Cathay eyes NY, London flights
( 2003-09-03 09:59) (eastday.com.cn)
Hong Kong-based Cathay Pacific Airways Ltd, Asia's sixth-largest carrier by sales, will seek to fly between London and New York later this month when officials from Britain and Hong Kong meet for bilateral talks on air services.
Cathay wants to operate as many as two daily flights from London Heathrow air-port, so it can offer a service stopping there, New York and Vancouver from Hong Kong, Andrew Pyne, general manager of international affairs and alliances, said.
The talks will take place on September 25-26.
"The real significance is to make it an around-the-world service," Pyne said.
Cathay's bid to enter the trans-Atlantic market may be stymied by the interests of UK carriers. British Airways Plc, Europe's largest carrier, doesn't want another competitor on the London-New York route, said Ian Thomas, a senior consultant of the Sydney-based Centre for Asia Pacific Aviation.
The hong Kong carrier's success will also depend on whether the city's officials are prepared to allow Richard Branson's Virgin Atlantic Airways Ltd, the UK's No 2 carrier, rights to fly to Australia via Hong Kong.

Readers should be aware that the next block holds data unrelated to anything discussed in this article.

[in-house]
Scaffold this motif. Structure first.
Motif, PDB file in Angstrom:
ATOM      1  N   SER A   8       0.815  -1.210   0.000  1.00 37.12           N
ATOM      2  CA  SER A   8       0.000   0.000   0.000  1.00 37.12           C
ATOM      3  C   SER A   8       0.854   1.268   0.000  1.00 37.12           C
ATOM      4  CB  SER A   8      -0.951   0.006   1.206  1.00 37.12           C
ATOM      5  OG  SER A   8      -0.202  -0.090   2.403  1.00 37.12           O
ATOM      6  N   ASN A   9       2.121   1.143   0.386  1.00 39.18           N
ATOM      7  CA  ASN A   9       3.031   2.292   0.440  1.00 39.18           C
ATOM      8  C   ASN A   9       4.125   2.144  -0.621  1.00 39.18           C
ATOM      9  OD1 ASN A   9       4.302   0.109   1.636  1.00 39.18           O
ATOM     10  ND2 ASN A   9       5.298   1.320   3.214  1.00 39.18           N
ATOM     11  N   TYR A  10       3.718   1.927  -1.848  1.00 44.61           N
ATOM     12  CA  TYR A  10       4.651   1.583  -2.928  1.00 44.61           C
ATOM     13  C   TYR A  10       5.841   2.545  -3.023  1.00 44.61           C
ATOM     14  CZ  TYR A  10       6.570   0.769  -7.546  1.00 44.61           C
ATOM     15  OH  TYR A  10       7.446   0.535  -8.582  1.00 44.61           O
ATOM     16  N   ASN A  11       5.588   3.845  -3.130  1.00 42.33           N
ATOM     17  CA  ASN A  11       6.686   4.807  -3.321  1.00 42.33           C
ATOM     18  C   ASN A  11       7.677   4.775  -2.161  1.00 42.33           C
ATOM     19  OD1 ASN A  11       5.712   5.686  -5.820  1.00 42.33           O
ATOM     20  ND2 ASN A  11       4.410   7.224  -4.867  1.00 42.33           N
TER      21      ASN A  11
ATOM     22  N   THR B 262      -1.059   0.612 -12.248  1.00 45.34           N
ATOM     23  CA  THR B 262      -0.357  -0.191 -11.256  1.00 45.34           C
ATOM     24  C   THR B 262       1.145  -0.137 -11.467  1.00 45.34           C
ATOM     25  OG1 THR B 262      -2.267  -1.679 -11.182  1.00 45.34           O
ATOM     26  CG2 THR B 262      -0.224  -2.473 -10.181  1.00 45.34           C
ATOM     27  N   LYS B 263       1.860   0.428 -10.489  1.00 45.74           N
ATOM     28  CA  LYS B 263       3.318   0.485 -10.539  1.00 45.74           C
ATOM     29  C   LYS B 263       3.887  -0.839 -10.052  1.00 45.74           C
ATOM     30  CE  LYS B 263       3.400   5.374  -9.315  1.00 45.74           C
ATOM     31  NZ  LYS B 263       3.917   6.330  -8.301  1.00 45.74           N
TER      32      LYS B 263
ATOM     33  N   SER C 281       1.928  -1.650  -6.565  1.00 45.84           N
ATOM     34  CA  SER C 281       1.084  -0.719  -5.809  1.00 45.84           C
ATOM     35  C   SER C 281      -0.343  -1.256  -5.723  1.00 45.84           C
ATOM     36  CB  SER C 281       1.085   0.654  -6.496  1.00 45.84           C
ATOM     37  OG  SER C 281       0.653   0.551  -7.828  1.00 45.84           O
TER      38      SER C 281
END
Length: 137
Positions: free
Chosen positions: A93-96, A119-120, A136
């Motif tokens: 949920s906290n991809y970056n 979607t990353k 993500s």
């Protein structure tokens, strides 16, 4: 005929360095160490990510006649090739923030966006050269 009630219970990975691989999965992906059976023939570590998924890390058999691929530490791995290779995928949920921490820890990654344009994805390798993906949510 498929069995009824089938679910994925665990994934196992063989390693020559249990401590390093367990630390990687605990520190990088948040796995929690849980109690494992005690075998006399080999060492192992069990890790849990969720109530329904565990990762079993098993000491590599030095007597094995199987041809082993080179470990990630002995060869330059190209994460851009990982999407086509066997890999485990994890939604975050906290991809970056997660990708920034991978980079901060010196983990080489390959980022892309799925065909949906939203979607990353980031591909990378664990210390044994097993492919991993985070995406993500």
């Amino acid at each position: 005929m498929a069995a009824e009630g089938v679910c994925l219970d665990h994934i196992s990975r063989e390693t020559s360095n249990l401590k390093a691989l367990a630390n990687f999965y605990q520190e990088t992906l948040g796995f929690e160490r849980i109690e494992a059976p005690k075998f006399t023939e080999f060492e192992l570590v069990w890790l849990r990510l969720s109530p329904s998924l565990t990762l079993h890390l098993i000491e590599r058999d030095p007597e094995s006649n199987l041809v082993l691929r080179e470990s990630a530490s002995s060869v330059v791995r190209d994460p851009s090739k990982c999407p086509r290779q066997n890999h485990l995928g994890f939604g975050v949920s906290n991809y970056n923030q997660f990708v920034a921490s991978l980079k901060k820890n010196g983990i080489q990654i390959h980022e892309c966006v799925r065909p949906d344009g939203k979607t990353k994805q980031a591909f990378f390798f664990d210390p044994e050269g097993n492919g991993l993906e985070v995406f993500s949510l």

Virgin atlantic wants to fly through Hong Kong, the biggest air transport hub in Asia outside Japan, to Sydney and to link up with its low-cost Australian carrier Virgin Blue Pty.
"Cathay may be doing it for other reasons: to block Virgin in the Hong Kong and Australian markets," said Jim Eckes, managing director of Indoswiss Aviation in New York. Pyne denied Cathay's intention was to prevent Virgin from flying through Hong Kong.
"Cathay has been asking for rights between London and New York for several years," he said. "It's not something we invented after Richard Branson started talking about Australia."
Cathay and Australia's Qantas Airways Ltd are the only two carriers flying between Hong Kong and Sydney. Cathay also needs approval from US aviation authorities to fly to New York via London, which US domestic carriers will pro-bably oppose, said Timothy Ross, an analyst of UBS Warburg in Hong Kong.
Ross questioned whether flying one of the most competitive routes in the world would be profitable for Cathay.
"I can't see it as a particular goldmine. If we look where profitability has declined the most in the airlines industry in the past three years, it's business-class traffic across the trans-Atlantic,"Ross said.
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